Jim from London, Ontario writes: "I have a 30 year old home and the metal gutters have never been replaced. Certain sections seem to have rusted through and have developed pin to dime size holes that leak. I have tried to patch them but nothing seems to stop these small holes from re-occurring. Do you have any suggestions, short of replacing the gutter?"
Just patching small holes often still lets the water get to the edge of the patch and continue corroding from there.
The best way to patch those holes is to thoroughly clean off the holes and even the area around them inside the rain gutter, going at least an inch beyond any sign of corrosion.
Use steel wool for this cleaning to be sure you have removed all the accumulated grim that usually sits in the rain gutter.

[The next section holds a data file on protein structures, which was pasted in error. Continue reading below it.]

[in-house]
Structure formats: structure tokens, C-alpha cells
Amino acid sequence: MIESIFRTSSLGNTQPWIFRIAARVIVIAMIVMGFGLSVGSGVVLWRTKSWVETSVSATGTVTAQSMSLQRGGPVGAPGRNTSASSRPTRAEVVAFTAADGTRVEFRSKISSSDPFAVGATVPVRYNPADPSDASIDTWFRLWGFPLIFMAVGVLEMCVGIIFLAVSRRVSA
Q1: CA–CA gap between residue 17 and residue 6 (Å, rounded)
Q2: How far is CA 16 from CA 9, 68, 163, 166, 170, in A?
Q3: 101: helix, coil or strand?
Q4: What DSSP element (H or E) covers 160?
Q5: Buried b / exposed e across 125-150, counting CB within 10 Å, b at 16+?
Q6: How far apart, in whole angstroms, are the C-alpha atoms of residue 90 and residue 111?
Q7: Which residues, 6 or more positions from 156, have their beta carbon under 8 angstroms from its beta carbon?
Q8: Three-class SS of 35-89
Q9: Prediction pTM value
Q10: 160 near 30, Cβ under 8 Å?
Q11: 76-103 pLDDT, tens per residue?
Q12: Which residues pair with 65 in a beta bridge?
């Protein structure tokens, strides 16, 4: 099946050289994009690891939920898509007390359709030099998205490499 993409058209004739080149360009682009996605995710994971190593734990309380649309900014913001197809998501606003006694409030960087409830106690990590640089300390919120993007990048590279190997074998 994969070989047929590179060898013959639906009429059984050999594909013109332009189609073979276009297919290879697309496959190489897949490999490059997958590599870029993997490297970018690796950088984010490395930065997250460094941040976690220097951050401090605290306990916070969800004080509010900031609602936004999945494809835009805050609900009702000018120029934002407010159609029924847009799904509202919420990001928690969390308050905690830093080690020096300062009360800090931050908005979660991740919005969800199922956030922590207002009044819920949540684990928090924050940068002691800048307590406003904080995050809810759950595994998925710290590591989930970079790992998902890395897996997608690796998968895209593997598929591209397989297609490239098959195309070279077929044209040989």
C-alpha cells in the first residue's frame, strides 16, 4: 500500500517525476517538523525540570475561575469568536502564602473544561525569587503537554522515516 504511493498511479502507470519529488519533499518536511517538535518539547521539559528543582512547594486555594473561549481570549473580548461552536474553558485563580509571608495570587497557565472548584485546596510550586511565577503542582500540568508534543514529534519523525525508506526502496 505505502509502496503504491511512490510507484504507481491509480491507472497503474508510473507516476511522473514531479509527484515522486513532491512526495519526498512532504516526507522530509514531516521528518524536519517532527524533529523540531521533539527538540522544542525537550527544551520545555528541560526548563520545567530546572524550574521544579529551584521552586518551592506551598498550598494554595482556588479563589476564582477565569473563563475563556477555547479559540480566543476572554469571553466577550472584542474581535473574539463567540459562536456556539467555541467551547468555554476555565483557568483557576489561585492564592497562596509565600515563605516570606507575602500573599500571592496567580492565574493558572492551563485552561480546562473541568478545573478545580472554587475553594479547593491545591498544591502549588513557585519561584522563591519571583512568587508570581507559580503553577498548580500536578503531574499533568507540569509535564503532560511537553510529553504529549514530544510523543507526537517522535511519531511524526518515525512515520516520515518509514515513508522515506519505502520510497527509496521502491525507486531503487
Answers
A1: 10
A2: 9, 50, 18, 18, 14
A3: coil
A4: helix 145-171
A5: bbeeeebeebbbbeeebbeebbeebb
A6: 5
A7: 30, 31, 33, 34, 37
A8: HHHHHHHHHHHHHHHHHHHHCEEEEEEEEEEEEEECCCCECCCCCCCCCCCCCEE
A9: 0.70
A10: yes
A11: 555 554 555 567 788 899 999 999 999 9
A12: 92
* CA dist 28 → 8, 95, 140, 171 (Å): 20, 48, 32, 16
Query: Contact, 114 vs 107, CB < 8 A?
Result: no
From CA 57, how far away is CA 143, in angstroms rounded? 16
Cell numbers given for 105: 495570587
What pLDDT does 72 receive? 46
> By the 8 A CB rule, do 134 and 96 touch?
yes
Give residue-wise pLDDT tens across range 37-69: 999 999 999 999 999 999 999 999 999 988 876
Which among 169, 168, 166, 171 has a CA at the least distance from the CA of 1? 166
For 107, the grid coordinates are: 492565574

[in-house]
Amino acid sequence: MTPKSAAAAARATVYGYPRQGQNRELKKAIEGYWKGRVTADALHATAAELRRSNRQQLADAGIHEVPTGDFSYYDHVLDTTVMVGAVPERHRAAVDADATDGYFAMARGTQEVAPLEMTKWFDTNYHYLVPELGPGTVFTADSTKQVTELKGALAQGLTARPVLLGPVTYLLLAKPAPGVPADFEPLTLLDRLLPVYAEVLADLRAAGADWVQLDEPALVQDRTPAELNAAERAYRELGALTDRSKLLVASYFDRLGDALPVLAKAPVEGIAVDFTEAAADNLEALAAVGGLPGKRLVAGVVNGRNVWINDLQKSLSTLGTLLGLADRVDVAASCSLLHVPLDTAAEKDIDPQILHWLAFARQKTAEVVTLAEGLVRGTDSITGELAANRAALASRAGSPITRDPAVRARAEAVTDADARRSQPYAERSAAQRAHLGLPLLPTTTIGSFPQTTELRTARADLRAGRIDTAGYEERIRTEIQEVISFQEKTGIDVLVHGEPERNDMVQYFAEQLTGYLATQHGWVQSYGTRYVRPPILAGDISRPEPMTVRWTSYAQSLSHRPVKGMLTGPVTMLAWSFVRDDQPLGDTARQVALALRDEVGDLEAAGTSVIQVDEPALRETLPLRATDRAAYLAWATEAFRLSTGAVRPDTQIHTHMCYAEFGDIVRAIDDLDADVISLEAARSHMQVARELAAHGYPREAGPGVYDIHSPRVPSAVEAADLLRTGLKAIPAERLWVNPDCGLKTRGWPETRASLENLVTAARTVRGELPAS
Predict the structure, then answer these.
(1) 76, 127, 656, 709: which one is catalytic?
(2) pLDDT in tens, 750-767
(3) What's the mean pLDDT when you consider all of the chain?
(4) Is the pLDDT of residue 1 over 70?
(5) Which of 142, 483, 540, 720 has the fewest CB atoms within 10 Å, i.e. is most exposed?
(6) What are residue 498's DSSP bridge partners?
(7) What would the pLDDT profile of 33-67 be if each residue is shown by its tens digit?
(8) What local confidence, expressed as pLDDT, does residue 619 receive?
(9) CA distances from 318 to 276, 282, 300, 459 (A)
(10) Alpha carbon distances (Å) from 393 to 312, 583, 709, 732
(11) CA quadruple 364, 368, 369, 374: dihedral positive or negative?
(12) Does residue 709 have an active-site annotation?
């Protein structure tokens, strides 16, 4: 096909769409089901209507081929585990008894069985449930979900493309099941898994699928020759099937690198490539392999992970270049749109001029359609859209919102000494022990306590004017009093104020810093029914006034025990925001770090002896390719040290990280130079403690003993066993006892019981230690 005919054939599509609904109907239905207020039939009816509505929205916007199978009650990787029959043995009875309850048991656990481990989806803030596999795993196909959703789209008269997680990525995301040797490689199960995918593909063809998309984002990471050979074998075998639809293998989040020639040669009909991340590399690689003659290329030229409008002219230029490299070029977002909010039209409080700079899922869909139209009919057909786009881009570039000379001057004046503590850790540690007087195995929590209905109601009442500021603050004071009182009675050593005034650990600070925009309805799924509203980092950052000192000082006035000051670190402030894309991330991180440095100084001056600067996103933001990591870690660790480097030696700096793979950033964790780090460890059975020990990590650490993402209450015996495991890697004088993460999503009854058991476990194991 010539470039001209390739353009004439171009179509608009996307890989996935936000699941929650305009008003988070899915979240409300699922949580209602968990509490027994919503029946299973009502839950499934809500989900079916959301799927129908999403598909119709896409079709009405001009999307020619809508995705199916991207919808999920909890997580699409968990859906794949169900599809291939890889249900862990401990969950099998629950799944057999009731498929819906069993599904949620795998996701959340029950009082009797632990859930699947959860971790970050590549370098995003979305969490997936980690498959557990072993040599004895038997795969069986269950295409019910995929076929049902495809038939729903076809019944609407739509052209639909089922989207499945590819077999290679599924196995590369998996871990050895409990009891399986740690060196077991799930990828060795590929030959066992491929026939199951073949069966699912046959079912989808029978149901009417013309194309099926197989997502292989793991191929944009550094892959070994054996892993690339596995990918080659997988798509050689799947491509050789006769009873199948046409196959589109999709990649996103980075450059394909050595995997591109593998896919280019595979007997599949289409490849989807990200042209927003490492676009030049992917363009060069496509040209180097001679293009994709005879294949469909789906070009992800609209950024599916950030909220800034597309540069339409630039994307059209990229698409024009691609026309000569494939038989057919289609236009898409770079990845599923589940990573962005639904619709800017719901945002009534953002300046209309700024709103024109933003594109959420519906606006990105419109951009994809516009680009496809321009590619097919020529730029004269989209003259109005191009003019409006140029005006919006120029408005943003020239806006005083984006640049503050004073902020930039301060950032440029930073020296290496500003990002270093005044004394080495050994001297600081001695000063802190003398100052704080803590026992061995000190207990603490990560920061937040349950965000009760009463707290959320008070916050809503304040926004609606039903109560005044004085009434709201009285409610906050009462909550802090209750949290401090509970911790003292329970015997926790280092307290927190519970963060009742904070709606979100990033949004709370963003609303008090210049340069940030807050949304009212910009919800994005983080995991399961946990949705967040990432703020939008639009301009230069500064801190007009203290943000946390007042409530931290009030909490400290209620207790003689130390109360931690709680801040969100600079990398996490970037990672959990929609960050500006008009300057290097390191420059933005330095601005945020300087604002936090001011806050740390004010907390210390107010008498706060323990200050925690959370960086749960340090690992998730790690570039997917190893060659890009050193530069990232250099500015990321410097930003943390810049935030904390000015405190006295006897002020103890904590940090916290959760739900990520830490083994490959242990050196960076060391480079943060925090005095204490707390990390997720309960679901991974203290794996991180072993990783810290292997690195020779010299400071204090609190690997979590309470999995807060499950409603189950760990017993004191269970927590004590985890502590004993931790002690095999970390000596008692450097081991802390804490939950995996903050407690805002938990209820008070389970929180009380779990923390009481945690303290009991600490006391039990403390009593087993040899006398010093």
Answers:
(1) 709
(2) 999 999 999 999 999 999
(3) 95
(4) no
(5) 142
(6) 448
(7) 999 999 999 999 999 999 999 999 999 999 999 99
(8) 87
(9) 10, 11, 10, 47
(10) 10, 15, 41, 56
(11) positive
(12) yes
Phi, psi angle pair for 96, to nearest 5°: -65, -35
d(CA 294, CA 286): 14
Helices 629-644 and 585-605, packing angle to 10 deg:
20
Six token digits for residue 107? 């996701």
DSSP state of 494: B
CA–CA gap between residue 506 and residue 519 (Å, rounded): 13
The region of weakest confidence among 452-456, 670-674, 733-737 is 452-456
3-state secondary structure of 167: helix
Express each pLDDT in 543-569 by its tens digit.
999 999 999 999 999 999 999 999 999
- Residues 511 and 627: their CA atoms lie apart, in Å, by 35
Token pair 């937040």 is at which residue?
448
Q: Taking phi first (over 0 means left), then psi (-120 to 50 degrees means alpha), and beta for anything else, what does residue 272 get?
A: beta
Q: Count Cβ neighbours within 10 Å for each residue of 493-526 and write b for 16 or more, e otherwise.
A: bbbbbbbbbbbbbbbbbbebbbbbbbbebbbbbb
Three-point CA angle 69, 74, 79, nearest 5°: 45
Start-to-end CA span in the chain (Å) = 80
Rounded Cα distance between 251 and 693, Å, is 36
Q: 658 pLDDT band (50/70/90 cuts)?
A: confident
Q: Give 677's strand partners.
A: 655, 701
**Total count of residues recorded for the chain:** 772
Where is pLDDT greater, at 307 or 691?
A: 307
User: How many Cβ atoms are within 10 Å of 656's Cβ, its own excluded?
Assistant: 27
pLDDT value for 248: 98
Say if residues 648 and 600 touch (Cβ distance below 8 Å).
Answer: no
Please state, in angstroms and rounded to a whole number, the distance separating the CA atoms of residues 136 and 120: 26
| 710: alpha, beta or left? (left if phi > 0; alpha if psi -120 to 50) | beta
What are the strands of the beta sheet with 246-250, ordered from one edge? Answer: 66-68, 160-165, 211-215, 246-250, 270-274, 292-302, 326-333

Then obtain a piece of aluminium flashing (you can get this at all renovation centres, although you may have to buy a roll), or cut off a piece of thick aluminium sheet metal from something else (not the thin cooking trays).
Use PL Polyurethane caulking to completely coat the bottom of the rain gutter in the area of the patch, making sure that it is worked into the surface as sometimes it can just ride on the surface. Put a thin layer on the patch as well just like if you were using contact cement. This will assure that there are no adhesive voids.
Force the two together and let it set.
One convenient thing about PL Polyurethane caulking is that you do not have to do this in dry weather. The surface must be clean, but not necessarily dry -- just no standing water.
The water will actually accelerate the cure of the Polyurethane.
I recommend using PL Polyurethane Sealant, not PL Premium Adhesive, as the sealant will remain flexible and the adhesive becomes rigid. You need the flexibility to be able to move with the expansion and contraction of the rain gutter.